The Assault-Weapons Ban Isn't Happening—Get Over It

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Expanded background checks are more likely to pass, and they could have a much greater impact.

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First, the bad news for fans of gun control: A new assault-weapons ban probably isn't going to happen. This has become abundantly clear in recent days as top Democrats, including Vermont Senator Patrick Leahy and Vice President Joe Biden, have downplayed the proposal's chances.

Far more likely, Leahy and others have indicated, is an expansion of background checks for gun buyers. Background checks are hugely popular: Though the National Rifle Association opposes them, nearly 90 percent of the public, and three-quarters of NRA members, are in favor. (By contrast, bans on assault weapons are supported by slimmer majorities.) That overwhelming public support has made background checks the most apparently politically feasible of the various proposals on the table.

This dynamic has impelled some on the left to see an assault-weapons ban as the most ambitious, and therefore desirable, goal, while background checks have been cast as the easy, incremental measure. But that's a mistake. Based on the numbers, expanding background checks would likely be a much farther-reaching reform with a greater potential impact on gun violence.

The reason is simple: 20 times more people are killed by handguns than rifles -- including assault rifles -- every year.

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In the U.S. in 2011, there were 6,220 murders committed with handguns and 323 with rifles, according to the FBI. The government doesn't differentiate between regular and "assault" rifles (the definition of which is contested in any case), meaning the share of killings with assault rifles, however you define them, is surely an even smaller percentage. That means that even the most effective possible assault-weapons ban -- one that got every one of the weapons targeted off the streets -- would only affect a small portion of gun deaths. A reform that keeps handguns out of the wrong hands, by contrast, could have a big impact, even if it's only marginally effective.

How much impact is hard to say, in part because NRA-backed regulations have made it very hard to collect data on gun purchases. For example, all background-check records are required to be destroyed within 24 hours, making it impossible for law enforcement and researchers alike to track attempted purchases.

The way the system now works is this: Would-be gun buyers must undergo a background check if they purchase from a licensed firearm dealer, defined very loosely in the law as someone who makes a living selling guns. Collectors, hobbyists, and many other sellers are exempted; at gun shows, exempted sellers will set up tables with signs reading "No Background Check!" or "No Questions Asked!" There's even a "Craigslist for guns," the online marketplace Armslist.com.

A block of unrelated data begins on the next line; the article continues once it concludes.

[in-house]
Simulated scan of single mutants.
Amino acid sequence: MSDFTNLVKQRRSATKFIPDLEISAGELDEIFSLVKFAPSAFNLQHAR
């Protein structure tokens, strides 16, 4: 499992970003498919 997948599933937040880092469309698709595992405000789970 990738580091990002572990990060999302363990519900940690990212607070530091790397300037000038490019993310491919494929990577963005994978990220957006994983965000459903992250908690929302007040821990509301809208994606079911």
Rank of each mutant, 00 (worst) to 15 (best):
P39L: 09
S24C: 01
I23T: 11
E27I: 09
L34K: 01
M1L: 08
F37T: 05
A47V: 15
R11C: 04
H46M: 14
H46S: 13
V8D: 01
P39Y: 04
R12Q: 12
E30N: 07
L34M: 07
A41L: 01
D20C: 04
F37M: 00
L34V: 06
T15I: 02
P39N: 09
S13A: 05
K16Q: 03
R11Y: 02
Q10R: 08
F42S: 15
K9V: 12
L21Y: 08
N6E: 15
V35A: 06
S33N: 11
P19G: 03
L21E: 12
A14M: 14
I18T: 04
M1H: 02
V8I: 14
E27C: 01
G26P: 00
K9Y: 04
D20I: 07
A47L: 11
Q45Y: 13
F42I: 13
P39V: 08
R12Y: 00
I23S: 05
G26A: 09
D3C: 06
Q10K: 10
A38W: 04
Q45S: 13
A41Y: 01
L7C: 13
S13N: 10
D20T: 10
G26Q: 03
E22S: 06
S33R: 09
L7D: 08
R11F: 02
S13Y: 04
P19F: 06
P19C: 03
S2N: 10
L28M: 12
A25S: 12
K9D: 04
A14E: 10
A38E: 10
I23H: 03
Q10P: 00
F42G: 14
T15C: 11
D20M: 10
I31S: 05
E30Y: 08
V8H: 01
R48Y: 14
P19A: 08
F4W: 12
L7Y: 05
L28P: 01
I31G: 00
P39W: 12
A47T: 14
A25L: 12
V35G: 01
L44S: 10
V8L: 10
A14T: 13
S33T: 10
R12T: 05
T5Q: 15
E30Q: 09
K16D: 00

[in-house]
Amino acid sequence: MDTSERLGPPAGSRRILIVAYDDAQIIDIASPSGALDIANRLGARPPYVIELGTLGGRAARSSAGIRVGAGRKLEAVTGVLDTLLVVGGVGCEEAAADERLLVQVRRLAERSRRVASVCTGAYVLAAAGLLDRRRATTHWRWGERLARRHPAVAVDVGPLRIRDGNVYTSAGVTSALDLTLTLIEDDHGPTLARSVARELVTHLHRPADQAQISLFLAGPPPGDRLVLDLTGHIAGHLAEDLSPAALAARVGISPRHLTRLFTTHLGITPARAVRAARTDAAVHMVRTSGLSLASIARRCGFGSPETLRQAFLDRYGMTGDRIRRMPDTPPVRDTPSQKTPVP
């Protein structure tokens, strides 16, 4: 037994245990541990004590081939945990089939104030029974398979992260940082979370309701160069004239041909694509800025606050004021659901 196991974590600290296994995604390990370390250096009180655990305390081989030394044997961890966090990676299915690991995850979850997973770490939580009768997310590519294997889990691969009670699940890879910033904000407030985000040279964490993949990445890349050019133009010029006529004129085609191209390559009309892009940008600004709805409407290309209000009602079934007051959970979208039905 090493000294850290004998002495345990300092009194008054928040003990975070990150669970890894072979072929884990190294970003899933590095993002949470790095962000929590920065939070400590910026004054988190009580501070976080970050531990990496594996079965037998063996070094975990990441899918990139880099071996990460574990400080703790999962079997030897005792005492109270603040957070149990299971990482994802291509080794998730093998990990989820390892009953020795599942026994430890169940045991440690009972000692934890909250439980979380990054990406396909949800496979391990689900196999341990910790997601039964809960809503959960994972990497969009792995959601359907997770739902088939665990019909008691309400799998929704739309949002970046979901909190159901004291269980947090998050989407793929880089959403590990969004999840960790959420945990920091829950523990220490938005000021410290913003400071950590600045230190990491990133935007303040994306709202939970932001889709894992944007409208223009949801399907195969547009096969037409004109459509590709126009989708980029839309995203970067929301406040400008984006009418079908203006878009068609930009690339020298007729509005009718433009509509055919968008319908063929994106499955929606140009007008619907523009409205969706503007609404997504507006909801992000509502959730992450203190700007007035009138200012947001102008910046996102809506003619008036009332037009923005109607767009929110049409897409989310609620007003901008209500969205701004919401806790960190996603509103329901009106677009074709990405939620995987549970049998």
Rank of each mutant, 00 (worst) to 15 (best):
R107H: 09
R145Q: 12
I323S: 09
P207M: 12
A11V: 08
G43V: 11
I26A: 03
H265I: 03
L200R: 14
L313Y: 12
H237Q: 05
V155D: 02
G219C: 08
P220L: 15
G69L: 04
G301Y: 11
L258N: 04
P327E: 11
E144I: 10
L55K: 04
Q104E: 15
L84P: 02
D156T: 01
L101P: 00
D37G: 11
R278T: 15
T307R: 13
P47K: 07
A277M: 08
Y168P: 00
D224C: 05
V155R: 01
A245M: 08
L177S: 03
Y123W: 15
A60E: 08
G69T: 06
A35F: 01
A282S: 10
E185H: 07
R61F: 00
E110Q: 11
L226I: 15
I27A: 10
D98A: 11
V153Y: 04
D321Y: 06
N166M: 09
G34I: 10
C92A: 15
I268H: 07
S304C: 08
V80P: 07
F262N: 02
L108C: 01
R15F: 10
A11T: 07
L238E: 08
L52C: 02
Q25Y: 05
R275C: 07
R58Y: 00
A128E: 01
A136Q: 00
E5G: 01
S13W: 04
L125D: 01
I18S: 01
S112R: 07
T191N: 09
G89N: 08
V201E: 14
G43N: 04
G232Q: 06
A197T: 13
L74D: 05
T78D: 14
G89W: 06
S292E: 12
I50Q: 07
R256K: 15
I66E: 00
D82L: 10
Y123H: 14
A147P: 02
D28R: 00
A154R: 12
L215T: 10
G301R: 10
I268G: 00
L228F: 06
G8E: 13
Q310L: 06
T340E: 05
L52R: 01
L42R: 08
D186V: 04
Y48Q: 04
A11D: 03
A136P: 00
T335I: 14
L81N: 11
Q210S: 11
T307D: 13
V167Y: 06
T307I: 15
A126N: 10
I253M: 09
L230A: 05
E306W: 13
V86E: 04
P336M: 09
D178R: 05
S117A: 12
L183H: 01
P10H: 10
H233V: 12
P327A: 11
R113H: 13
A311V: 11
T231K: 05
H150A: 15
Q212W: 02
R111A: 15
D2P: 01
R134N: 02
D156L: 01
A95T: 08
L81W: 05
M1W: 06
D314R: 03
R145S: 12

A commonly cited statistic places the portion of guns purchased under the "gun-show loophole" at 40 percent, but that's based on a flawed survey conducted nearly two decades ago, when background checks had just started to be required, as the Washington Post's Glenn Kessler has noted. Gun-control advocates generally think the percentage is lower now that the 1993 Brady Bill has been fully implemented. A newer but still inconclusive survey put the portion of guns used in crimes that were purchased from licensed dealers at 11 percent.

Convicted felons, people who have been legally judged to be mentally ill, and those dishonorably discharged from the military are among the categories of people banned from buying guns. Advocates say the existing background check process isn't onerous -- it takes an average of seven minutes to complete, using either an online database or phone hotline. Is it effective? The denial rate last year was just 1.5 percent and has declined over the years, presumably as more illicit buyers are diverted to the unregulated part of the market. But 1.5 percent of 16 million -- the number of background checks conducted last year -- is still a fair amount of people who shouldn't have guns trying and failing to get them. And if more sellers had to conduct checks, advocates say, more guns would be kept out of the wrong hands.

Nonetheless, the constant refrain seems to be that "nothing is going to get done 'except maybe background checks,'" says Lanae Erickson Hatalsky of the center-left think tank Third Way -- which is galling "when all of the gun-safety advocates agree that universal background checks would be the gold medal in terms of reducing gun crime and the assault weapons would be maybe bronze." Erickson Hatalsky added, "If we fix the background-check system and make it apply to all sales, criminals, terrorists, and the severely mentally ill won't be able to buy an assault weapon -- or any other gun. That's much more effective than giving the gun manufacturers another list of features they should avoid when amping up the lethality of their weapons."

If there's an upside to the way the debate has unfolded, it's this: By opposing the assault-weapons ban and supporting background checks, red-state lawmakers can position themselves as striking a middle ground and not giving gun-control advocates everything they want. If that helps background checks pass, gun-control fans should be pleased -- and not feel like they're settling for half a loaf.

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Molly Ball is a staff writer covering national politics at The Atlantic.

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